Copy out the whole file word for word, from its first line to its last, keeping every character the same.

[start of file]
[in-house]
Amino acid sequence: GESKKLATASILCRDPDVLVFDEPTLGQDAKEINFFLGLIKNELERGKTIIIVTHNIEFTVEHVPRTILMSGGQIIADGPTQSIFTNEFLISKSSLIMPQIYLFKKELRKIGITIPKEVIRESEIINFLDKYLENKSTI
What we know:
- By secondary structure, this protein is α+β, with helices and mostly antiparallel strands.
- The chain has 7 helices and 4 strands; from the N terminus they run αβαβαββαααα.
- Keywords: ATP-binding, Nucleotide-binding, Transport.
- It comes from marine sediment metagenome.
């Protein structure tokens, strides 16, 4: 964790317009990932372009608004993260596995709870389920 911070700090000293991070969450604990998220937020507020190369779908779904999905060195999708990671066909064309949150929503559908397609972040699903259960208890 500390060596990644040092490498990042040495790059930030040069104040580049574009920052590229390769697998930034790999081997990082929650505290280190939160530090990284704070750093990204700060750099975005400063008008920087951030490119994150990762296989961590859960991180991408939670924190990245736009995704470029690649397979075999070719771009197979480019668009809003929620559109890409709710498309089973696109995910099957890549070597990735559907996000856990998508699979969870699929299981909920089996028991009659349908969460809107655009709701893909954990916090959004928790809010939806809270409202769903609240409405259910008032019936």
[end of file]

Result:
[in-house]
Amino acid sequence: GESKKLATASILCRDPDVLVFDEPTLGQDAKEINFFLGLIKNELERGKTIIIVTHNIEFTVEHVPRTILMSGGQIIADGPTQSIFTNEFLISKSSLIMPQIYLFKKELRKIGITIPKEVIRESEIINFLDKYLENKSTI
What we know:
- By secondary structure, this protein is α+β, with helices and mostly antiparallel strands.
- The chain has 7 helices and 4 strands; from the N terminus they run αβαβαββαααα.
- Keywords: ATP-binding, Nucleotide-binding, Transport.
- It comes from marine sediment metagenome.
């Protein structure tokens, strides 16, 4: 964790317009990932372009608004993260596995709870389920 911070700090000293991070969450604990998220937020507020190369779908779904999905060195999708990671066909064309949150929503559908397609972040699903259960208890 500390060596990644040092490498990042040495790059930030040069104040580049574009920052590229390769697998930034790999081997990082929650505290280190939160530090990284704070750093990204700060750099975005400063008008920087951030490119994150990762296989961590859960991180991408939670924190990245736009995704470029690649397979075999070719771009197979480019668009809003929620559109890409709710498309089973696109995910099957890549070597990735559907996000856990998508699979969870699929299981909920089996028991009659349908969460809107655009709701893909954990916090959004928790809010939806809270409202769903609240409405259910008032019936």